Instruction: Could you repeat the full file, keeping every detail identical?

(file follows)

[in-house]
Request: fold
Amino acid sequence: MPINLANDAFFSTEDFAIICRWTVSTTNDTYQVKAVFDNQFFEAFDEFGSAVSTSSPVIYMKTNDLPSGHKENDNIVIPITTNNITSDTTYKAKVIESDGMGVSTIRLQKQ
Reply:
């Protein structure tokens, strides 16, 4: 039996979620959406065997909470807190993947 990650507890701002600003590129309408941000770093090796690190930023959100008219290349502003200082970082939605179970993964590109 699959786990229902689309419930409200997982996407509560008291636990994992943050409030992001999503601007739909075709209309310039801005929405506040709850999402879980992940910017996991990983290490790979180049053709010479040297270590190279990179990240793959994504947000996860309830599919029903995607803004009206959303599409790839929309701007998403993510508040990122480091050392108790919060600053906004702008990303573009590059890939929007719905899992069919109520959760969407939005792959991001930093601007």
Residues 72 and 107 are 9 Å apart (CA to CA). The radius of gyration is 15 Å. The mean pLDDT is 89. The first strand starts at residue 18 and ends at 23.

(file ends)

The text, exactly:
[in-house]
Request: fold
Amino acid sequence: MPINLANDAFFSTEDFAIICRWTVSTTNDTYQVKAVFDNQFFEAFDEFGSAVSTSSPVIYMKTNDLPSGHKENDNIVIPITTNNITSDTTYKAKVIESDGMGVSTIRLQKQ
Reply:
């Protein structure tokens, strides 16, 4: 039996979620959406065997909470807190993947 990650507890701002600003590129309408941000770093090796690190930023959100008219290349502003200082970082939605179970993964590109 699959786990229902689309419930409200997982996407509560008291636990994992943050409030992001999503601007739909075709209309310039801005929405506040709850999402879980992940910017996991990983290490790979180049053709010479040297270590190279990179990240793959994504947000996860309830599919029903995607803004009206959303599409790839929309701007998403993510508040990122480091050392108790919060600053906004702008990303573009590059890939929007719905899992069919109520959760969407939005792959991001930093601007």
Residues 72 and 107 are 9 Å apart (CA to CA). The radius of gyration is 15 Å. The mean pLDDT is 89. The first strand starts at residue 18 and ends at 23.